Wanted: Instructors to Teach Next Generation Manufacturing Workers
As the Connecticut manufacturing industry’s need for skilled workers grows, so does the demand for instructors at colleges and high schools to teach the next generation of manufacturers.
If you’re retired or planning to retire from a long manufacturing career and would like to share your knowledge with the next generation, AARP Connecticut will help bring your experience to the classroom and make a few extra dollars.
AARP Connecticut is providing virtual seminars May 12 at 5:30 pm and May 18 at 10 am that explain how to get into teaching manufacturing.
Possibilities range from working a few hours a week to launching a full-time career.
No teaching experience or degree is required for many positions and professional development courses are available, the AARP said.
“The Connecticut manufacturing sector has demonstrated tremendous growth opportunities year after year, in part because of the diverse industries it supports—ranging from consumer products to commercial aviation to medical devices and the record breaking defense contracts,” said CBIA president and CEO Chris DiPentima.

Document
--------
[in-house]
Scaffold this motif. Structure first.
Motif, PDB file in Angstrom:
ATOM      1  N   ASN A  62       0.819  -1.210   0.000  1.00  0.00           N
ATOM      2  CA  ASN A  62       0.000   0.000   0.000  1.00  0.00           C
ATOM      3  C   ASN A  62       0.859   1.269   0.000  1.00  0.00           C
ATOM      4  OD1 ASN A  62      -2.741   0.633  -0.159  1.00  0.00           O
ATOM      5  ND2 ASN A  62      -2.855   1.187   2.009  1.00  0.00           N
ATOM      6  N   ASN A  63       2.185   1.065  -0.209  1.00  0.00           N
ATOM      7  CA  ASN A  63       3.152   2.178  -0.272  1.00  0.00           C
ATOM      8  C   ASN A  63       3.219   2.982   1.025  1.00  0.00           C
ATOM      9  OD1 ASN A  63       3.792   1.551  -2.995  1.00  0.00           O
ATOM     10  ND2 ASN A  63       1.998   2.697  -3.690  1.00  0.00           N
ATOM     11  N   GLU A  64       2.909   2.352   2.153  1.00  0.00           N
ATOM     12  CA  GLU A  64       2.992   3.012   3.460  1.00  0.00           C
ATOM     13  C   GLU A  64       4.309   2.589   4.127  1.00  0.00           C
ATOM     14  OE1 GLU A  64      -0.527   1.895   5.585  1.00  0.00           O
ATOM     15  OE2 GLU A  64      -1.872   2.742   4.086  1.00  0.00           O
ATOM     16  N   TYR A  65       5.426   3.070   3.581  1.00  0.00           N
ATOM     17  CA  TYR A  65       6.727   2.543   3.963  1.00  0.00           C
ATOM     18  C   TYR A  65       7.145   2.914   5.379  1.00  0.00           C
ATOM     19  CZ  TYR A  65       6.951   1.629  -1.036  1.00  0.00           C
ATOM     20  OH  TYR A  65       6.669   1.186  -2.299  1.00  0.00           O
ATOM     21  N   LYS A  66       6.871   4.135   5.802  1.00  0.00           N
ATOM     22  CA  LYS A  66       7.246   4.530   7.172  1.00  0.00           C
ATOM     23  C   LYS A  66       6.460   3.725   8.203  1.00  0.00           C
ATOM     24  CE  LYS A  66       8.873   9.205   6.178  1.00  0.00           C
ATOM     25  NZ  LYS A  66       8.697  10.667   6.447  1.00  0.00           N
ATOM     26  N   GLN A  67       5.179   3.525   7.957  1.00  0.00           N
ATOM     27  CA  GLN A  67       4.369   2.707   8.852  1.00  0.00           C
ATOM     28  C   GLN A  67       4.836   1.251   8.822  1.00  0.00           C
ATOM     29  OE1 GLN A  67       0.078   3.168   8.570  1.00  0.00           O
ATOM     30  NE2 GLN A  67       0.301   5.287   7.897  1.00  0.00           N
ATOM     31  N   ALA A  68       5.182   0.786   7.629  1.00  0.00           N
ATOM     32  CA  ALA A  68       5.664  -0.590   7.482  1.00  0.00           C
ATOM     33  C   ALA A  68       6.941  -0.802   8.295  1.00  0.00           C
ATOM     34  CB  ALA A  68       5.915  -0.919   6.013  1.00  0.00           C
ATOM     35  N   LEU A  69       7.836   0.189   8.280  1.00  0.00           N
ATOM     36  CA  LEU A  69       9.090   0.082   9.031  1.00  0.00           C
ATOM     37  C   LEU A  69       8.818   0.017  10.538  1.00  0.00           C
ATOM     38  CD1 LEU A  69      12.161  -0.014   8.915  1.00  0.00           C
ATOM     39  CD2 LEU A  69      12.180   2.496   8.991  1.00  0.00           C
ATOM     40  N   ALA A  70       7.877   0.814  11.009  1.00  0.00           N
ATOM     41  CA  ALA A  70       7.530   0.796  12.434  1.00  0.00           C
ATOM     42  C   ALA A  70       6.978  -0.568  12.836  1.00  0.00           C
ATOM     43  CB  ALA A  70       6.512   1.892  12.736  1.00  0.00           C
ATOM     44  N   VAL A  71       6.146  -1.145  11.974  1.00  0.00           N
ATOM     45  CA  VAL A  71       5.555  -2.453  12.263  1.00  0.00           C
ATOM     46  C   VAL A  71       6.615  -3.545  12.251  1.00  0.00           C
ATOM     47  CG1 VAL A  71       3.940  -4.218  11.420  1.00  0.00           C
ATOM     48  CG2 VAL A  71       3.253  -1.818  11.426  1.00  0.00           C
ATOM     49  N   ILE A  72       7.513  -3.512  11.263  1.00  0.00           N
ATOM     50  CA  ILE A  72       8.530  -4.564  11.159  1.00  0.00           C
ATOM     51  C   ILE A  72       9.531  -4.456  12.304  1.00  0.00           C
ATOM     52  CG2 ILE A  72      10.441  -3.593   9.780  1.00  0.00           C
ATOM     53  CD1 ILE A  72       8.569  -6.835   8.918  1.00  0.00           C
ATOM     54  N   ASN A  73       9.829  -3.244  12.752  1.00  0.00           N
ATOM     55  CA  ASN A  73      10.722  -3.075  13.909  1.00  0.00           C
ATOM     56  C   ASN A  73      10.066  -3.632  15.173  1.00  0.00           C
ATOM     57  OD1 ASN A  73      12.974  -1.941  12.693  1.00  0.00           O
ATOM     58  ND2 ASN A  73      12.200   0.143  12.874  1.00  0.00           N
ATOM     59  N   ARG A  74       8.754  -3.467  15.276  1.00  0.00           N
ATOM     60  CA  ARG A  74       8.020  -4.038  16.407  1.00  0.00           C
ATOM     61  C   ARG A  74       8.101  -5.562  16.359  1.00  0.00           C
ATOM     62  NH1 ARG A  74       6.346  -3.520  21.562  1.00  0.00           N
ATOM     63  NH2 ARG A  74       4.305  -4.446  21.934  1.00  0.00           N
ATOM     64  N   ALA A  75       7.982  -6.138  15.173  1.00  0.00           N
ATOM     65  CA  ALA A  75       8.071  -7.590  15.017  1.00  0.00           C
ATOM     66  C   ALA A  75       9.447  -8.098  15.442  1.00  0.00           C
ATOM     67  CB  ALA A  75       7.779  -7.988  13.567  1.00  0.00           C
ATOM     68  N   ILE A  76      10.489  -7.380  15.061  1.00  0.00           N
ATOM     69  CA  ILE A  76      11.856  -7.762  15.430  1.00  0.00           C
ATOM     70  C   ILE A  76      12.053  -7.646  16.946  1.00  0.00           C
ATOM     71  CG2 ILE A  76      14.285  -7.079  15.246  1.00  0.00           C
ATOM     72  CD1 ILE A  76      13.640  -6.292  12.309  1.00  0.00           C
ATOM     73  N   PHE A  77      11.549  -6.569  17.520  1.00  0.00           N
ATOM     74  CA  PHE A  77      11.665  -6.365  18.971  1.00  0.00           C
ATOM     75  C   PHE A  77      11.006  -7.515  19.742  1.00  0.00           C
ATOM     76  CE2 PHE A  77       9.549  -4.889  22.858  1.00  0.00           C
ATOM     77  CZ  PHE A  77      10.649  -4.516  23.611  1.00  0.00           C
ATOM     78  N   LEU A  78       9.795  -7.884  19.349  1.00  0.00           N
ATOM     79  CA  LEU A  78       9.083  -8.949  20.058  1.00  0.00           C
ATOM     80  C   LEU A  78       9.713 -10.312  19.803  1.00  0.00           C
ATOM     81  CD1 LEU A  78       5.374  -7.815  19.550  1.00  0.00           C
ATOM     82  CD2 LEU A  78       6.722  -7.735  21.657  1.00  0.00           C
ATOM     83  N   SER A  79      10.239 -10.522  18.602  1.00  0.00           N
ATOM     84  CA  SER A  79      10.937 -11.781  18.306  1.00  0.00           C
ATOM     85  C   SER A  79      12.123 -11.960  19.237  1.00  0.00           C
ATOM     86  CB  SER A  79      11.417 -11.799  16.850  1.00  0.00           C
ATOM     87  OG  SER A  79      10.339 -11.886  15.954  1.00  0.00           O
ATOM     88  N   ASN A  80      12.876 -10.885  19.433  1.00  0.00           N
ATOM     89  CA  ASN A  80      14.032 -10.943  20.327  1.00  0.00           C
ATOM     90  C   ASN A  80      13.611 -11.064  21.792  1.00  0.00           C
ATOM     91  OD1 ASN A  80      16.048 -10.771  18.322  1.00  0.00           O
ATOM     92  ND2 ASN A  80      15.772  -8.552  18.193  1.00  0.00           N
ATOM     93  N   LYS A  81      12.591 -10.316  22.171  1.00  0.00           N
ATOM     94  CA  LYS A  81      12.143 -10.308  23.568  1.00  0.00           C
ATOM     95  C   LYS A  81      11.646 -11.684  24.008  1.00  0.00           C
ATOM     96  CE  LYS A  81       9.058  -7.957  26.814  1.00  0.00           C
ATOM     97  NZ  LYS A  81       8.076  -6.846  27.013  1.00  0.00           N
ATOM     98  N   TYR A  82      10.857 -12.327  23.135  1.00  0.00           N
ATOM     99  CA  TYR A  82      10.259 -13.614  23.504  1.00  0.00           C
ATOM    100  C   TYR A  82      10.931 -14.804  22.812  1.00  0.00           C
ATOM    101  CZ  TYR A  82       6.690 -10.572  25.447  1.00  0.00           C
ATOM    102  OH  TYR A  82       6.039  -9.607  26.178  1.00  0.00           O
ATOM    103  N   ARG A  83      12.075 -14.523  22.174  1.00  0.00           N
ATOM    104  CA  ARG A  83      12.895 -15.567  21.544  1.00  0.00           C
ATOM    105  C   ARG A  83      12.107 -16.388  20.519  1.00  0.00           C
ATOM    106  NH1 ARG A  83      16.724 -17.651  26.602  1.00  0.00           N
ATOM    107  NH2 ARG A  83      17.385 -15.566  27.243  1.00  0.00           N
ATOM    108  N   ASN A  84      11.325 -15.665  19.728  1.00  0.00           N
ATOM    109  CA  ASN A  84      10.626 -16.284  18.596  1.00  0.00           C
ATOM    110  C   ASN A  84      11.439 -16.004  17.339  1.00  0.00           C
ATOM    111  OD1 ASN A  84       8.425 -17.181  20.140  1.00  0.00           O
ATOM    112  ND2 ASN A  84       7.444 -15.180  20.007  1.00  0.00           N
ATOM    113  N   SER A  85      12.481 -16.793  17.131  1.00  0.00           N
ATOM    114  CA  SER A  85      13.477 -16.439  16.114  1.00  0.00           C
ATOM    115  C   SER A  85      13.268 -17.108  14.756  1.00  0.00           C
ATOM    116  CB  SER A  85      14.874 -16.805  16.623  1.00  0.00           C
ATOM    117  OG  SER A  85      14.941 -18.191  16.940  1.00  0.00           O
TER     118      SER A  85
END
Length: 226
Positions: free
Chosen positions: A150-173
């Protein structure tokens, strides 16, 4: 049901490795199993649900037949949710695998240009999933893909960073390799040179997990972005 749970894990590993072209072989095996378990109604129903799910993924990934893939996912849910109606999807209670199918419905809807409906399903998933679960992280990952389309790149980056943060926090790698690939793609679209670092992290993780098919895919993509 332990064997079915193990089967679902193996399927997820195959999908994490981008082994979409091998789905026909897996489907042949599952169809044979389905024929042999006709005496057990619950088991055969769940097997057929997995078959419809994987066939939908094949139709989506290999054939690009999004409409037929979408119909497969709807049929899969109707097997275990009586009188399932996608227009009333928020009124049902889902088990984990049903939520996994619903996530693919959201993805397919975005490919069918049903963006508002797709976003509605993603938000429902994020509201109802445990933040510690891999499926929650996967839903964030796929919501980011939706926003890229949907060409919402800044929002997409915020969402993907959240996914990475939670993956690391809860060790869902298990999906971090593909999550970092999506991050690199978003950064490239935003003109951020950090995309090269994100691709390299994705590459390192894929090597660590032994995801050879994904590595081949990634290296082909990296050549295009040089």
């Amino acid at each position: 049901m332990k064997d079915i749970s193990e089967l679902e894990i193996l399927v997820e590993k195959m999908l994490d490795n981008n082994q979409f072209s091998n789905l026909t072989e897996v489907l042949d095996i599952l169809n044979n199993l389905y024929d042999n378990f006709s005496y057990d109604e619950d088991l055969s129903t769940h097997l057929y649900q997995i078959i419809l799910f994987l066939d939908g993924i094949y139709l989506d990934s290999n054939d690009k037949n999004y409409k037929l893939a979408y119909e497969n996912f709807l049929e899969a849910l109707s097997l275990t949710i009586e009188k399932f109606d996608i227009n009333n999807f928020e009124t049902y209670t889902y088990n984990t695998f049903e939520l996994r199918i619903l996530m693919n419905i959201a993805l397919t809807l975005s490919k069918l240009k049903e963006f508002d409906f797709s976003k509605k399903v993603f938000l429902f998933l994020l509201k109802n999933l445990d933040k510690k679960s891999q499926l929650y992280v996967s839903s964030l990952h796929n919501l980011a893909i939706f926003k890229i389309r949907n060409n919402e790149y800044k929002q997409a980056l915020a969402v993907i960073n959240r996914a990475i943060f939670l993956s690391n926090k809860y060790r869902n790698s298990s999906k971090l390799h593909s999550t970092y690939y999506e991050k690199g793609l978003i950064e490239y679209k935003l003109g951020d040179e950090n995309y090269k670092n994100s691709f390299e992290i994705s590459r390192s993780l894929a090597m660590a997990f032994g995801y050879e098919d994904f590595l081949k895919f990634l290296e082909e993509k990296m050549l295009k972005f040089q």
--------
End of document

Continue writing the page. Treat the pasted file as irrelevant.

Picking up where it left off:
“Unfortunately, the manufacturing sector was unable to fully realize its growth potential pre-COVID due to a shortage of skilled workers, driven in part by a shortage of instructors.
“The pandemic has provided an opportunity to develop reimagined policies and programs that change the narrative and create the workforce pipeline and supporting ecosystem.
“That includes instructors, needed for today and tomorrow so that our incredible manufacturing sector can realize its tremendous potential and help rebuild Connecticut stronger and better.”
Richard DuPont, of the Advanced Manufacturing Technology Center at Housatonic Community College, said manufacturing has been identified as a key driver in the move to rebuild Connecticut.
“With some 4,500 large and small manufacturers across our state looking to fill thousands of jobs, the demand for skills to fill these openings has never been higher,” he said.
“To sustain all we have built, it is essential that we train and educate a workforce that can capitalize on the career opportunities manufacturing provides from entry to advanced levels.”
The seminars will describe teaching opportunities throughout Connecticut and allow you to ask questions about bringing your experience to the classroom.
DuPont will be a speaker along with Cindi Zoldy of the Manufacturing Alliances Service Corporation and Chip Thermer of Goodwin College.
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